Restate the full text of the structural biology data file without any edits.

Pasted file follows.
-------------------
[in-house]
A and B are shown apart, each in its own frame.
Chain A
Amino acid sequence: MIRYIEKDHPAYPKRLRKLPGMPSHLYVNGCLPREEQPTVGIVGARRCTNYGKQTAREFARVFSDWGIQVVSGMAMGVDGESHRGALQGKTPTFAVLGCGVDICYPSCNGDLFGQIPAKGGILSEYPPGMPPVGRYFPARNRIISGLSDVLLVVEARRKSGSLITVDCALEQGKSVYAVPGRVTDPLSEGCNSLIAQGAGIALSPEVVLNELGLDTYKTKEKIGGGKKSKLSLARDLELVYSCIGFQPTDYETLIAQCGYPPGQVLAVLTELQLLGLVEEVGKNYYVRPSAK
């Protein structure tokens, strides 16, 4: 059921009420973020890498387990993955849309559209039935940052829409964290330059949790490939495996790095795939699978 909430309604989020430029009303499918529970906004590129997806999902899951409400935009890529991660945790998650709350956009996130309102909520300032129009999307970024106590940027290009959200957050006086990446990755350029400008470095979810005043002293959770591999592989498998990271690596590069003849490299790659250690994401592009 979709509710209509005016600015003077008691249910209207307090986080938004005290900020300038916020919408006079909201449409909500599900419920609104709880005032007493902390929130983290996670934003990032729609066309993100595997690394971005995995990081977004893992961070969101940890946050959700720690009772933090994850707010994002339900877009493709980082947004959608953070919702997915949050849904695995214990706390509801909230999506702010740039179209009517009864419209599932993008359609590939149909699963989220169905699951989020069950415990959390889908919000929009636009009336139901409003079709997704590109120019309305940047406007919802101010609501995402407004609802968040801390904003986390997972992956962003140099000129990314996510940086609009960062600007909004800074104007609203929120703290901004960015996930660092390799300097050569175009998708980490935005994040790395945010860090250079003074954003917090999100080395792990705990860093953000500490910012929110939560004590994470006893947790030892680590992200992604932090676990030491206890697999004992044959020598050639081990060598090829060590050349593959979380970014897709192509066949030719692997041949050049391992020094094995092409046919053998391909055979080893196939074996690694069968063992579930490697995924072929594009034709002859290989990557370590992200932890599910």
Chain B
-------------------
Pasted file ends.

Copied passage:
[in-house]
A and B are shown apart, each in its own frame.
Chain A
Amino acid sequence: MIRYIEKDHPAYPKRLRKLPGMPSHLYVNGCLPREEQPTVGIVGARRCTNYGKQTAREFARVFSDWGIQVVSGMAMGVDGESHRGALQGKTPTFAVLGCGVDICYPSCNGDLFGQIPAKGGILSEYPPGMPPVGRYFPARNRIISGLSDVLLVVEARRKSGSLITVDCALEQGKSVYAVPGRVTDPLSEGCNSLIAQGAGIALSPEVVLNELGLDTYKTKEKIGGGKKSKLSLARDLELVYSCIGFQPTDYETLIAQCGYPPGQVLAVLTELQLLGLVEEVGKNYYVRPSAK
């Protein structure tokens, strides 16, 4: 059921009420973020890498387990993955849309559209039935940052829409964290330059949790490939495996790095795939699978 909430309604989020430029009303499918529970906004590129997806999902899951409400935009890529991660945790998650709350956009996130309102909520300032129009999307970024106590940027290009959200957050006086990446990755350029400008470095979810005043002293959770591999592989498998990271690596590069003849490299790659250690994401592009 979709509710209509005016600015003077008691249910209207307090986080938004005290900020300038916020919408006079909201449409909500599900419920609104709880005032007493902390929130983290996670934003990032729609066309993100595997690394971005995995990081977004893992961070969101940890946050959700720690009772933090994850707010994002339900877009493709980082947004959608953070919702997915949050849904695995214990706390509801909230999506702010740039179209009517009864419209599932993008359609590939149909699963989220169905699951989020069950415990959390889908919000929009636009009336139901409003079709997704590109120019309305940047406007919802101010609501995402407004609802968040801390904003986390997972992956962003140099000129990314996510940086609009960062600007909004800074104007609203929120703290901004960015996930660092390799300097050569175009998708980490935005994040790395945010860090250079003074954003917090999100080395792990705990860093953000500490910012929110939560004590994470006893947790030892680590992200992604932090676990030491206890697999004992044959020598050639081990060598090829060590050349593959979380970014897709192509066949030719692997041949050049391992020094094995092409046919053998391909055979080893196939074996690694069968063992579930490697995924072929594009034709002859290989990557370590992200932890599910």
Chain B